image from Signal Rock (2018), dir. Chito Roño

A mutual connection is required in order to make clear contact. Sympathy demands consigning oneself to the perspective of the other party. Such are the mechanics of successful communication or that of an art piece that seeks to avoid apathy from its audience –– for to live and communicate as a society, one must understand the situation of others.

Set in an isolated island in the province of Samar, Signal Rock opens showing the titular rock formation where residents climb in its dangerous peaks, scrambling to get a phone signal so they could contact their loved ones from the outside. The movie early on establishes a sense of divide between these locations – and by extension, conditions.

The movie never really shows life outside the island. But it did give witness to the vivid personalities and living conditions situated inside through the protagonist Intoy. Christian Bables plays Intoy in a portrayal that is unquestionably deserving of acclaim, although the depiction of the brown-skinned Intoy could sometimes be obstructed by Bables’ distracting, Caucasian-looking nose.

The movie mostly follows Intoy as he traverses the entire island, seeking help from the inhabitants to bring his sister home. The plot is enshrouded by other subplots concerning the inhabitants, though these don’t capture the audience’s attention as much as the main storyline does.

The meat of the movie is really about bringing home Intoy’s sister – her diaspora is where the plot and themes revolve around. Its flavor, however, comes from inspecting the attitudes of the people left behind by the likes of Intoy’s sister –– for her diaspora is not only that of a single instance, but a part of a whole phenomenon that almost seems like a tradition in their island.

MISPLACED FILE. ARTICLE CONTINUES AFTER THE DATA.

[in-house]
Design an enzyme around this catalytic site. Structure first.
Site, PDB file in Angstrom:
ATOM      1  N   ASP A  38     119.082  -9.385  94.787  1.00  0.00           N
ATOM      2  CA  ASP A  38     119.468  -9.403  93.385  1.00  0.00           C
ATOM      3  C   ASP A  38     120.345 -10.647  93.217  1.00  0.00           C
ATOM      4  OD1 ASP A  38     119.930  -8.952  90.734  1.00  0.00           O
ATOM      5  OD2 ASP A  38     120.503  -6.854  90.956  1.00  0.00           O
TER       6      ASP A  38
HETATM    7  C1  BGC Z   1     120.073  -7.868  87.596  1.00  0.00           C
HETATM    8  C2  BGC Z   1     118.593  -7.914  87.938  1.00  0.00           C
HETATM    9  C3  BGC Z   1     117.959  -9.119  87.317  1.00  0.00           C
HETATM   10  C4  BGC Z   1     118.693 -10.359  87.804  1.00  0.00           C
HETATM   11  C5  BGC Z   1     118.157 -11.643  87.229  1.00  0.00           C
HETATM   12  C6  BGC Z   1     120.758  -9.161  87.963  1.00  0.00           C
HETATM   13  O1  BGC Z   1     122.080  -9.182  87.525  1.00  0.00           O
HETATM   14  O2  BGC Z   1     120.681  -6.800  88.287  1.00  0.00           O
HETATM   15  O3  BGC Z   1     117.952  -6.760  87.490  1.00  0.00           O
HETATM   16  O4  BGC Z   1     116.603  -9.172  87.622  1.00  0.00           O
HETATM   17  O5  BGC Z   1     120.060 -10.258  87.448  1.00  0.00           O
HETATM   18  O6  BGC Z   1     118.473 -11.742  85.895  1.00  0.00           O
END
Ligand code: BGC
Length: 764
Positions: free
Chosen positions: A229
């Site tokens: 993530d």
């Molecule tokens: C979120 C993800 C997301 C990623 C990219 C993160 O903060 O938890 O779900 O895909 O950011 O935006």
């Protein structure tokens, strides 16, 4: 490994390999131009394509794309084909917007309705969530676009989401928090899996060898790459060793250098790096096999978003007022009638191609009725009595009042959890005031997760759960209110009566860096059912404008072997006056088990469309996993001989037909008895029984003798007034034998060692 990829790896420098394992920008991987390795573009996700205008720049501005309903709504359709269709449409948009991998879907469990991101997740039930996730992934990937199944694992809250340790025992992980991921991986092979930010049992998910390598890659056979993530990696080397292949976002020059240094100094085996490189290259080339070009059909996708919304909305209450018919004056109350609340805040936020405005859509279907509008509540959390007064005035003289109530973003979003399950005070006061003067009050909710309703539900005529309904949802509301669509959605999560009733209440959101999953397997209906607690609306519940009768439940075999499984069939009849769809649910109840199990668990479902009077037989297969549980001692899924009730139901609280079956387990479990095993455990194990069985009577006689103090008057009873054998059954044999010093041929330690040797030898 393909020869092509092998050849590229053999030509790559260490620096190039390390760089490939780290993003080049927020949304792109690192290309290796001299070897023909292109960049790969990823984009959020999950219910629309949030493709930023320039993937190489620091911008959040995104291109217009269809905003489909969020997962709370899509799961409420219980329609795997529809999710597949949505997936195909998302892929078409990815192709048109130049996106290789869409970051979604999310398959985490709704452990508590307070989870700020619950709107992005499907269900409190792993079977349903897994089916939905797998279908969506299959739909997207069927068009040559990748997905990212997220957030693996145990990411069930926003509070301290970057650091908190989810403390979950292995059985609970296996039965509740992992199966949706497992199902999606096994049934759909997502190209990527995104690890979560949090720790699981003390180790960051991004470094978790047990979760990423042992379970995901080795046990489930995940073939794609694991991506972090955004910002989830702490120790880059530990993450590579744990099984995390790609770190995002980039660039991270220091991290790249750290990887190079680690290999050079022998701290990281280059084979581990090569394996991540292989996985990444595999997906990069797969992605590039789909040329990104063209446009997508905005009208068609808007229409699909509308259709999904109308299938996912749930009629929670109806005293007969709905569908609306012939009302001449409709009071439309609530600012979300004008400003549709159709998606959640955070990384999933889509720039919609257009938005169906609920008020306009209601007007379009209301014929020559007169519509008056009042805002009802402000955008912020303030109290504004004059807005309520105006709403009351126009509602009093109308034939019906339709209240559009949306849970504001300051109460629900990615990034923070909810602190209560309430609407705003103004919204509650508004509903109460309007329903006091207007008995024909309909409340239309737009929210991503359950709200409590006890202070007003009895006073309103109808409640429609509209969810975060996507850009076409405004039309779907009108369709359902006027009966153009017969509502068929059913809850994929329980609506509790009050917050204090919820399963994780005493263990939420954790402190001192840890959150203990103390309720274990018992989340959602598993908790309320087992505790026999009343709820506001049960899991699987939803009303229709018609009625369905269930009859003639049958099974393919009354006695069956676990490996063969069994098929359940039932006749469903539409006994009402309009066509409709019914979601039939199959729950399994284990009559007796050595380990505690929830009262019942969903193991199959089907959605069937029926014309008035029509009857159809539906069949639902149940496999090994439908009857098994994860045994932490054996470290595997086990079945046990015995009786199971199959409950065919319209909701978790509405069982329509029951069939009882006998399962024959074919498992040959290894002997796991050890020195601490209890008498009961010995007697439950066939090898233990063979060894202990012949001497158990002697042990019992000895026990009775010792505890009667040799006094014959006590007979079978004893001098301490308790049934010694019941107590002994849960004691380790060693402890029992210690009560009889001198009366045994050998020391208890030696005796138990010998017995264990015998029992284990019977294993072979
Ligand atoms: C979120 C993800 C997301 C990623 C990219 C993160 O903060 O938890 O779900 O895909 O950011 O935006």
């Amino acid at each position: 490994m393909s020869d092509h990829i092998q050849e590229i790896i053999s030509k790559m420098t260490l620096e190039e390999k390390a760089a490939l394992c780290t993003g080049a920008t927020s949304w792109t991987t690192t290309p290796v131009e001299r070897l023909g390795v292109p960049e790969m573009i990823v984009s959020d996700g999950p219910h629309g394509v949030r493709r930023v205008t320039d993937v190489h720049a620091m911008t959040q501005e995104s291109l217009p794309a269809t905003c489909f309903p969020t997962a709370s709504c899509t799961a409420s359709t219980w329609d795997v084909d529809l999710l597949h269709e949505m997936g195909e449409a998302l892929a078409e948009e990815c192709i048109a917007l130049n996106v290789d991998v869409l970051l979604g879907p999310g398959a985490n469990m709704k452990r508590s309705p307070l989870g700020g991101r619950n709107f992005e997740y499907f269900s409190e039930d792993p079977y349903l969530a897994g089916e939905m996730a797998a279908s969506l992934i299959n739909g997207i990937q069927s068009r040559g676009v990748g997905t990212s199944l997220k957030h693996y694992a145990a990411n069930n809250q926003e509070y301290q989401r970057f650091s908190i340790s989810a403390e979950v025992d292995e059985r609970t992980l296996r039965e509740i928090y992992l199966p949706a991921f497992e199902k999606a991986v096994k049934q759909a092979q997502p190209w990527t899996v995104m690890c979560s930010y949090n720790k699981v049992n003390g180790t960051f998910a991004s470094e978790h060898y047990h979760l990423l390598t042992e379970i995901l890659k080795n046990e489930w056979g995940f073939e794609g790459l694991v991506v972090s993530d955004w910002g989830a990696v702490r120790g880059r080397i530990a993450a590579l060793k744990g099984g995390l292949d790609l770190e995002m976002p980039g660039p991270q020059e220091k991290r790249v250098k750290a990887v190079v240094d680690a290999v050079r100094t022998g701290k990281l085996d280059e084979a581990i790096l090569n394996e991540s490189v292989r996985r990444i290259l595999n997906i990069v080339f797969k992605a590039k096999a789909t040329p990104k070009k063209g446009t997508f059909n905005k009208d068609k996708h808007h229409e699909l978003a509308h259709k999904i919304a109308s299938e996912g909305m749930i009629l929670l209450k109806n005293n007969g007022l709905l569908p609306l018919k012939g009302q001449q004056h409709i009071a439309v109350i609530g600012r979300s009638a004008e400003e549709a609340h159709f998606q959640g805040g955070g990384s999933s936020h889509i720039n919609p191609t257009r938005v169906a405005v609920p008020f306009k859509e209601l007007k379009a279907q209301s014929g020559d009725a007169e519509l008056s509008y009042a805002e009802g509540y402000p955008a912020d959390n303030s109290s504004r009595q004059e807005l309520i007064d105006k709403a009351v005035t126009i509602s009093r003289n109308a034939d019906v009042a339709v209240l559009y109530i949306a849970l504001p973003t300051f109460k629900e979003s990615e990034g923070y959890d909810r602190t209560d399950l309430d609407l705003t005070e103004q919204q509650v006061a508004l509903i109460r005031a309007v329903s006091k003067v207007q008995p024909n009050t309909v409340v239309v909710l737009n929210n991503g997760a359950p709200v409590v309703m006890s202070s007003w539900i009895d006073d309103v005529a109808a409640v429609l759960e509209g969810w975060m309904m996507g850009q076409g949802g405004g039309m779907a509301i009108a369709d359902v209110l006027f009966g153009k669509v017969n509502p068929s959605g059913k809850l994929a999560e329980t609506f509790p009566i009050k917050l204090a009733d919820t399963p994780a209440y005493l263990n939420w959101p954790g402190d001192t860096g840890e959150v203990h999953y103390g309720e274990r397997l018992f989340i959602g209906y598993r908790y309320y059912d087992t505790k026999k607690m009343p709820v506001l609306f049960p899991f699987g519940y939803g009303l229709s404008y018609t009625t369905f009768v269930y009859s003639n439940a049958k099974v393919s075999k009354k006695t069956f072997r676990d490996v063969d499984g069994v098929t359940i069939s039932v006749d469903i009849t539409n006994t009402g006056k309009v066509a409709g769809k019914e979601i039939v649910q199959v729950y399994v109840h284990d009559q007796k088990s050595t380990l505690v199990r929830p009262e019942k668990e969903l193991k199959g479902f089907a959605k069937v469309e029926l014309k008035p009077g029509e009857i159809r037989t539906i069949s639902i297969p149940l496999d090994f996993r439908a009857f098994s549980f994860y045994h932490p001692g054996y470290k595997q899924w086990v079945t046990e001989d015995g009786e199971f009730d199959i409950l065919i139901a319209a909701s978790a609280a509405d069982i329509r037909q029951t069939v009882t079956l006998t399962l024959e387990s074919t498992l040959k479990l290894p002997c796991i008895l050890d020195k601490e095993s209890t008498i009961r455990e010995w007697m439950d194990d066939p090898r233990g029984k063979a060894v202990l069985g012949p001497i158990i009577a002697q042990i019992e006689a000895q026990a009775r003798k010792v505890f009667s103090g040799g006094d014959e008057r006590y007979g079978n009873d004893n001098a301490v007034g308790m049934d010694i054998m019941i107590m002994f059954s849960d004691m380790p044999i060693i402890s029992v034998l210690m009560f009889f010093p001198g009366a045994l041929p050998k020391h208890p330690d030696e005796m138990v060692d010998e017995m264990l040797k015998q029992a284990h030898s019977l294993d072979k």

This phenomenon is not exclusive to the island, as it continues to be a national trauma of ours. Filipina diaspora refers to how our women leave the country to go to foreign soil, seeking the illusory promise of a better life.

The motif of a disjunct phone call fits well literally and figuratively in the movie. Communication is a two-way system wherein if one channel fails to understand and correspond, the whole process fails.

This is not unlike the movie’s situation.

Signal Rock offers only the sole perspective of the inhabitants left behind by their women. The question of where these women end up to or how they fare is left dangling in the air. Intoy’s sister is never seen on-screen. Her voice is the only vestige of her that is present within the frames, acting as a ghost haunting the island.

Maybe this is what director Chito S. Roño envisaged for the movie. Here, he tackles the real life plight of the feminine, only to show to the audience the people who remained and how they cope and react. The absence in the frames of those absent in the narrative fulfills a poetic disconnect.

Perhaps what Signal Rock intentionally or unintentionally failed to ultimately address, however, is the question of why the women leave in the first place.

Because to solve a problem is to find the root of its cause. This is what the inhabitants fail to understand; this is why they fail to sympathize. It’s the blockade distorting the signal on their part that results in a harrowing misunderstanding of their women’s plight.

The trick is whether or not the audience would also fail to connect with this message. It’s to recognize that Signal Rock’s signal is only strong on one channel of its discourse. Whether or not the film is in fact meant to focus on only this one side, it is no less important to educate oneself on the conditions of the other.

Signal Rock will be screened at the UP Cine Adarna on September 4 and 5.


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